Deposit – usually 1 months rent, can be up to 6 months. Chances are you will not get this back, or at least all of it, when you move out. Japanese landlords are notorious for finding reasons to replace things in the flat when you move out, especially for foreigners. Your deposit might even be higher depending on your location. Surprisingly, Kansai tends to have higher deposit than Kanto, even though housing itself is a bit cheaper for the size.
Key Money – What’s this? Hell, that’s what. This is not a fee to have the locks changed, that’s a separate fee. Yay, all the fees… This wonderful fee is essentially gift money. You literally are paying the landlord to generously allow you the pleasure of living in their wonderful complex. You will not get this money back at all, after all, you can’t take back a gift, even in Japan. It is an old tradition in Japan, and it is still going strong to this day. Newer units and landlords are slowly moving away from this trend, but you will have to look hard for it. This can be anywhere between one to six months rent, typically around 2 months’ worth.
Lock/Key Changing Fee – Usually around 3,000. If you have an electronic key, this may cost more.
Cleaning Fee – You might have a separate cleaning fee, which can be anywhere from 10,000 – 30,000 or a month’s worth of rent, or it might just be taken from you deposit.
Agency Fees – Your real estate company will typically charge you a fee for them securing you the apartment. This can be anywhere from half a month’s rent up to 3 months rent. It usually averages around 1-2 months’ rent.
Guarantor Fees – You might get lucky and be allowed to have a guarantor of your choice, such as your CO (if they are willing) or a Japanese national who has significant income. This is the same as a co-signer or guarantor on a loan in your home country. In the case that you cannot or do not pay your rent or fees, your guarantor is responsible for paying them. Foreigners typically will be required to have a guarantor, even if the lease does not normally require one. All it takes is one person to ruin it for everyone. Don’t break contract guys. If you are not lucky enough to be allowed to use your own guarantor, you will have to go with a guarantor company. This is still handy in that you should always be able to have someone be your guarantor, but you are paying them to do so. This system would have made my life so much easier in the US when I was trying to get my apartment without my own guarantor… This can be between a set fee by the company or 1-3 months’ rent.
Maintenance Fees – Common service area fees, such as stairs, hallways, parking spots, etc. This might be grouped together with community fess but not always. Not all places charge this. You might also just have this included in your normal rent. Around 1,500-5,000.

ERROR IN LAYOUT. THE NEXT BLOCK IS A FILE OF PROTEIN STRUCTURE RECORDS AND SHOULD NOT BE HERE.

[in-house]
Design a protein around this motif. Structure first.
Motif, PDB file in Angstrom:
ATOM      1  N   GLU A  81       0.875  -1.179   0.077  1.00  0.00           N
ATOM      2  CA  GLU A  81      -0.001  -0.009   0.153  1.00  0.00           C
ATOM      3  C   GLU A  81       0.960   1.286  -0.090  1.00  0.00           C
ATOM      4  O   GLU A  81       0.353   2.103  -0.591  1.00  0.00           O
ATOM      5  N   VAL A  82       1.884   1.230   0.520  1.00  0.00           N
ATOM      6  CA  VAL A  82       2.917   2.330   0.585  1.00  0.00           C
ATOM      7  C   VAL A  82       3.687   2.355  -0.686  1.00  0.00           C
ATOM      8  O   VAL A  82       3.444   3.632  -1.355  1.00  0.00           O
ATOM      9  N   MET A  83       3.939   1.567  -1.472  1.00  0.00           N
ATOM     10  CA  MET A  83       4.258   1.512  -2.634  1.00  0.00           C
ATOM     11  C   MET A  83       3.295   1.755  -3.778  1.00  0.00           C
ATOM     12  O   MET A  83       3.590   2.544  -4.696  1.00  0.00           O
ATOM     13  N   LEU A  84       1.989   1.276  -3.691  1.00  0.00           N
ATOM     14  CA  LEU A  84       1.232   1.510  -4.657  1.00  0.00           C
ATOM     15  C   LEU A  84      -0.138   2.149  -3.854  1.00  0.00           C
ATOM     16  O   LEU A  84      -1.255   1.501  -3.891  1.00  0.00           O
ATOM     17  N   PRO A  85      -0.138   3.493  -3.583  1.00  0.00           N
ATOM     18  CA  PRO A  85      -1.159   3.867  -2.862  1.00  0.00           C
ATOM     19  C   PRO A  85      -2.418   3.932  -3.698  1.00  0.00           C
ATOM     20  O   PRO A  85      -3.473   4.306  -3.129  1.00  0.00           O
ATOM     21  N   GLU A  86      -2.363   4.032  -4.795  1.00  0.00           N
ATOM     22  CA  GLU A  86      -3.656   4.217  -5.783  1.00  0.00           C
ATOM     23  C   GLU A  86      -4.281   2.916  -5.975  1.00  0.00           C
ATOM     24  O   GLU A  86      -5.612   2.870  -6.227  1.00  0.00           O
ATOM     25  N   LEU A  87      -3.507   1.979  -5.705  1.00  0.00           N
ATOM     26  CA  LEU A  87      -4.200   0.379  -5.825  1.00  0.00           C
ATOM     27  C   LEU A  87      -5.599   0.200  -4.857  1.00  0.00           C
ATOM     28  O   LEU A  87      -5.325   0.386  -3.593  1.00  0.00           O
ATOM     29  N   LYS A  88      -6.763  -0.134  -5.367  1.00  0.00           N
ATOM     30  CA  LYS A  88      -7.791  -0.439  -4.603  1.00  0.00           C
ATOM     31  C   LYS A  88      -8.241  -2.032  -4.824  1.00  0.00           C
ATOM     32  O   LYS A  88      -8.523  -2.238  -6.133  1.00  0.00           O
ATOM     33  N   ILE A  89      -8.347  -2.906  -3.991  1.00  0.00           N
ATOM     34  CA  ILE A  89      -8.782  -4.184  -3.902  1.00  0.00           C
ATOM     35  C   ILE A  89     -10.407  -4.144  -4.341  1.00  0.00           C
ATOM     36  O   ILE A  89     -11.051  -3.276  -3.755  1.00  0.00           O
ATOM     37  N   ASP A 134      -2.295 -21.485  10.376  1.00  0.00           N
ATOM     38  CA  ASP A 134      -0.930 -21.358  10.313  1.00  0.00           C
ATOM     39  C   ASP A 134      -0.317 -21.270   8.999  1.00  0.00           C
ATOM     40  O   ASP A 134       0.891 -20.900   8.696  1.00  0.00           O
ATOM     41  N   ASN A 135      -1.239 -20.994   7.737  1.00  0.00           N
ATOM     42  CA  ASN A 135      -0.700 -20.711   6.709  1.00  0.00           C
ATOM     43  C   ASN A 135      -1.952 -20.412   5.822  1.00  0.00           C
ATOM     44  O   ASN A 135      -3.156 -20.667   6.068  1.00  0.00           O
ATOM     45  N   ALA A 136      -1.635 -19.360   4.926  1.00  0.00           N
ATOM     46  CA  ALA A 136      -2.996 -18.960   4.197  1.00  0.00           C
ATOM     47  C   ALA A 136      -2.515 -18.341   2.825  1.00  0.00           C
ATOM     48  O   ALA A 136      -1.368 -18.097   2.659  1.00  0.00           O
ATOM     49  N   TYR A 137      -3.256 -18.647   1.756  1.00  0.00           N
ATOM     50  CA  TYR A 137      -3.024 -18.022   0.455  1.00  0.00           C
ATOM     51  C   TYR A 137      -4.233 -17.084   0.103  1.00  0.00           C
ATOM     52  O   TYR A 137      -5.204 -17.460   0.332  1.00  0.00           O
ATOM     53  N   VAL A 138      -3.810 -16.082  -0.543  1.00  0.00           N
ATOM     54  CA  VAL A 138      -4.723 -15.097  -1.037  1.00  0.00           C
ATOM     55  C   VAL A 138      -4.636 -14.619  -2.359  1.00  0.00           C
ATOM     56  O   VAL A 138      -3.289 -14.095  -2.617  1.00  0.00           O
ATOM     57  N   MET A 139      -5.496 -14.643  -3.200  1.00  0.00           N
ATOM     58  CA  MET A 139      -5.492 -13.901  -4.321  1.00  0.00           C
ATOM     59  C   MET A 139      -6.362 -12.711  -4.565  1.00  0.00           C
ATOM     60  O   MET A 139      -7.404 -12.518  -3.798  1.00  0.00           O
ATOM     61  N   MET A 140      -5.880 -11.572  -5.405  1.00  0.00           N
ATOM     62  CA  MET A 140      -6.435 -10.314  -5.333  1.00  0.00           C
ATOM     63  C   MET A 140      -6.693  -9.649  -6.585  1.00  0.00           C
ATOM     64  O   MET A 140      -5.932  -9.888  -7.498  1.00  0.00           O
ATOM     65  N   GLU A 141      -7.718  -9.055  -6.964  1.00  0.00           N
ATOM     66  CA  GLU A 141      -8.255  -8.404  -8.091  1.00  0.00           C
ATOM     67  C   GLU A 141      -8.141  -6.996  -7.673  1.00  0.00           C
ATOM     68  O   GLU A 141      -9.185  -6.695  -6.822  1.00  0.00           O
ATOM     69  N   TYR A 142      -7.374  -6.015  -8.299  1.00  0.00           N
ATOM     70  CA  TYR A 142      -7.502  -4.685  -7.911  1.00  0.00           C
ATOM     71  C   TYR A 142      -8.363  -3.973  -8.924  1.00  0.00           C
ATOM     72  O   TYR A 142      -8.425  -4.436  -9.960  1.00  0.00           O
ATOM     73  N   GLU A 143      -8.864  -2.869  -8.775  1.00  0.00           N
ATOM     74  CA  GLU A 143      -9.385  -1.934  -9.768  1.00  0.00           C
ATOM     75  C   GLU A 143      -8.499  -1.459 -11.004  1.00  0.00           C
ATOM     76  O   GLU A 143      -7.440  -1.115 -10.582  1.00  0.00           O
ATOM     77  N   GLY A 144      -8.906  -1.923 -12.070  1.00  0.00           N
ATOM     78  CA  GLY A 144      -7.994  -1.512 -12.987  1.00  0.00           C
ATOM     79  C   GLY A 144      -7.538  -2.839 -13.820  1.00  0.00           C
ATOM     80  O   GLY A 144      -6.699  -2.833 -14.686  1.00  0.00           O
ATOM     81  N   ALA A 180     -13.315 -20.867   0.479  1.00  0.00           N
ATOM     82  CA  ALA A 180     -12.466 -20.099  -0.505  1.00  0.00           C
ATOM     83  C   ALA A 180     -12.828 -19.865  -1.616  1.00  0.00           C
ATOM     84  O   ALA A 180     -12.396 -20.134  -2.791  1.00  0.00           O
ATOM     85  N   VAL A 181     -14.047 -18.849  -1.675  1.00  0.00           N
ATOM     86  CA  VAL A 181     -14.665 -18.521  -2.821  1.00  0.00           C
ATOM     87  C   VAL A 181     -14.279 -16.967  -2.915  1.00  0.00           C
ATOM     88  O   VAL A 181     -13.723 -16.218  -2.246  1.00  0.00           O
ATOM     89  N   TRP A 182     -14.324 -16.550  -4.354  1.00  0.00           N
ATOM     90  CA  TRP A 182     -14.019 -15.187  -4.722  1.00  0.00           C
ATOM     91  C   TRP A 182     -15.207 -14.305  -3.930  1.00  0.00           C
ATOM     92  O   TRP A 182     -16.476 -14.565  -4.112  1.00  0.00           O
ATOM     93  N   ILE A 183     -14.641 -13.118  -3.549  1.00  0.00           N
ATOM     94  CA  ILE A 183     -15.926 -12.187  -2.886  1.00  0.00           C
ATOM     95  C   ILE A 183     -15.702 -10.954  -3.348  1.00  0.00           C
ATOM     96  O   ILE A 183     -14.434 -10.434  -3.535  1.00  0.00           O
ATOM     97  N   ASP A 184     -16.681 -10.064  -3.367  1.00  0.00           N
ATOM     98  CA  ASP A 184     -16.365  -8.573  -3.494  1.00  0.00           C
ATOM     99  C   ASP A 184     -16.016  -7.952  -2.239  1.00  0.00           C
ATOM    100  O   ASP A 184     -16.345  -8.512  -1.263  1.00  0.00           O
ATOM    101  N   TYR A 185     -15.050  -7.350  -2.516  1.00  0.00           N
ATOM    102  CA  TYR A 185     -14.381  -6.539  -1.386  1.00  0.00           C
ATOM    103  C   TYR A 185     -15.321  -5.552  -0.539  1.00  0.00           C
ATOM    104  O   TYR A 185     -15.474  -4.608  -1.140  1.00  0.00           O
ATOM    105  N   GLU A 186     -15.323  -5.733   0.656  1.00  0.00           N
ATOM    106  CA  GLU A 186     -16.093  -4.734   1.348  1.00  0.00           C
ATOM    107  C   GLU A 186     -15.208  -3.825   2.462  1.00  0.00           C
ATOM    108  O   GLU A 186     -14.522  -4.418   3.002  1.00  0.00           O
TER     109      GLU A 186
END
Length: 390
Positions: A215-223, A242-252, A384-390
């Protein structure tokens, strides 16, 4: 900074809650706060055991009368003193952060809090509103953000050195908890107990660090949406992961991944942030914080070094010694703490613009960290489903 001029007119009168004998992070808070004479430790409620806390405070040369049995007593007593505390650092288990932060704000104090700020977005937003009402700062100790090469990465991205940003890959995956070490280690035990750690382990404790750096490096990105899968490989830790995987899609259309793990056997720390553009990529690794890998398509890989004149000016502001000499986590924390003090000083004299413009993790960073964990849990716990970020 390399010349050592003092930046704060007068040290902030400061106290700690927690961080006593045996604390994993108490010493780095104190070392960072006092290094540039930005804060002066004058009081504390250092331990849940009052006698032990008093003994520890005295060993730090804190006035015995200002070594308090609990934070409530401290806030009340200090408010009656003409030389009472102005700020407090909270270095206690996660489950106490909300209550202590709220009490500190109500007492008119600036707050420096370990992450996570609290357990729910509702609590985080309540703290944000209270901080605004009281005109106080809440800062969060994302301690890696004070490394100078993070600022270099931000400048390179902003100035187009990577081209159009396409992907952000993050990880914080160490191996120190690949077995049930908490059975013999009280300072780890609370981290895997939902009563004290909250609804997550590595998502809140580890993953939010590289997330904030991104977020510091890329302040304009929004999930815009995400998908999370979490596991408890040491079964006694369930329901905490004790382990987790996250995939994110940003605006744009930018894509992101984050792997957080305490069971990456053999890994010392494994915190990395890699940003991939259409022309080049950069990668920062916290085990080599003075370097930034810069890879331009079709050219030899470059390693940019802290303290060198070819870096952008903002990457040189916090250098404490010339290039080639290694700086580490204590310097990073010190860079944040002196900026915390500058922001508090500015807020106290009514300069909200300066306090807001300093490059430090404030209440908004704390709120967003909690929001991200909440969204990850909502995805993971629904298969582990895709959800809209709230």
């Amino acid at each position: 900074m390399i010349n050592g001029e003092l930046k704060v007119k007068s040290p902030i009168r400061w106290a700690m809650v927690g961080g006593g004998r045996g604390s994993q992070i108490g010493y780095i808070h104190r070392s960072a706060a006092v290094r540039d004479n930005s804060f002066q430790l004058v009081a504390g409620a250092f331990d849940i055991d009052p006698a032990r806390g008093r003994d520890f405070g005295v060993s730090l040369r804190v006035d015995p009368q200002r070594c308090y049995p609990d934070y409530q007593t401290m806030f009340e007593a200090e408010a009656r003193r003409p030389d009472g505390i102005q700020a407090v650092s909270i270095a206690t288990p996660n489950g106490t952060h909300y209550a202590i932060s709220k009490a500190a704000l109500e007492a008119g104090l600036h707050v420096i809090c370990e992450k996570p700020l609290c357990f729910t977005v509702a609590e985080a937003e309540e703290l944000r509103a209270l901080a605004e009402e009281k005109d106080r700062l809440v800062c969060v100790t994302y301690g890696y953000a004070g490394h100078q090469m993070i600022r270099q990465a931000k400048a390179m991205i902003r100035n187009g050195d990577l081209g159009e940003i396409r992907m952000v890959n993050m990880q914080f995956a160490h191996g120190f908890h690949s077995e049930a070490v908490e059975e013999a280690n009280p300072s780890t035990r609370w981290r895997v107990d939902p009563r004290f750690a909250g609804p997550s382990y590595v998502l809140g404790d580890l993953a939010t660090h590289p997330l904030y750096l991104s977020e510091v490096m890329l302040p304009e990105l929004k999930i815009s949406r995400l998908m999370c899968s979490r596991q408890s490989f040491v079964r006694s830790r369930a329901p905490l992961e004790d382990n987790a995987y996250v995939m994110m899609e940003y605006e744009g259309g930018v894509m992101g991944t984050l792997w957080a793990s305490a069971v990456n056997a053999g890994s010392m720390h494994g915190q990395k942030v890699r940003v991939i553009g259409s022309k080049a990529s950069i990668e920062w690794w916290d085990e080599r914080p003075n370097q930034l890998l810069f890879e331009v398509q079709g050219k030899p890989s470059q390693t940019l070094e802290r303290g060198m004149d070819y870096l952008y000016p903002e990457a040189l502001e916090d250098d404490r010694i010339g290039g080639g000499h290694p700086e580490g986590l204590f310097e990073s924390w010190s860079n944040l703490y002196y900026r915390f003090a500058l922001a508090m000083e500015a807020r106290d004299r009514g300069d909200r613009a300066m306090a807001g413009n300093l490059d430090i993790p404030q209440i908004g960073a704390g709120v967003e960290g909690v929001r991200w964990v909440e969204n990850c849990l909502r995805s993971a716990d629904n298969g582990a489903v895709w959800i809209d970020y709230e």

Community fees – Sometimes you might have to pay a community fee if your neighbourhood does events or community service, such as safety patrols. I don’t see this one as much any more, since its usually grouped with maintenance fees, but every now and then it will pop up on an apartment listing. Usually included in your rent. Around 500-2,000.
Fire/Property Insurance – Mandatory for most leases. Usually around 20,000 for a standard 2-year lease. You might pay this upfront or monthly. You will have to renew this every time with your lease renewal. I do recommend going with another private insurance company on top of this as a precaution. Japan is prone to various natural disasters, plus accidents. Sometimes this insurance will only cover damage that your unit did to other units, not your own internal unit… So, it is good to shop around. Ask your PAs and other JETs what they recommend.
Renewal Fees – Most contracts are for 2 years and you will typically be required to pay a fee to renew it. This is how landlords usually get away with not having a new tenant pay key money… Typically one to two months’ rent.
Some JETs get lucky and their COs might pay for the move-in costs and charge you over the next two to three months from your salary, but this is very rare.
I cannot stress enough how you need to be financially ready to move to another country. Most JETs are coming right out of Uni, which is difficult as you might not have a ton of savings, but you have to be prepared. Your CO is under no obligation to spot you money or support you until your first paycheck (or beyond). Their only duty financially is to pay you your salary for doing your job, that is all. You would not expect a company in your home country to pay for all your expenses or lend you money until you get settled (unless in rare cases you were headhunted, or it was discussed previously). You cannot expect your CO here to do so. They are already sponsoring your visa and doing so much for you during your time on JET that no other company would do in Japan.
You should bring at the very least $2,000 with you, but $3,000+ is highly recommended by CLAIR, with some prefectures recommending $4,000. You might not get paid your first month! Some prefectures do not pay JETs until September! Imagine having high move-in costs within your first week and then having to survive nearly 2 months without pay.
Please try to save as much money as possible now. I suggest starting to save a little bit every month from the moment you decide to apply for JET. If you get in, awesome you’ve already started your savings. If you don’t get in this year, then you also have a nice chunk of savings put away or for a treat. If you put away $100 a month from the date the application opens to the date results are announced, you should have nearly $1000 already saved up. This still isn’t nearly enough for feasible start-up costs, but it is a start. If you get called in for an interview, I suggest starting to save even more money ASAP.
Your move-in costs will nearly always be all cash too, so make sure you have the money on hand with you when you go to move in.
If you are coming with pets, there are several things to consider! Japan is not super pet friendly in terms of housing. It is not impossible to find an apartment, but it will be more difficult, and it will cost you more. The rent of the apartment itself almost always will cost more and you will have to pay a pet fee, which can be a one-time fee or monthly. Typically, you will pay 1-2 months rent as a pet deposit over a monthly fee. You will have to fight tooth and nail to get this deposit back even more than your regular deposit, and you more than likely lose.
Most units will only allow one pet. It is pretty rare to find one that will allow more than one. If you get caught with more than you are allowed, or caught with one when not being allowed, legally they can evict you or force you to get the animal up.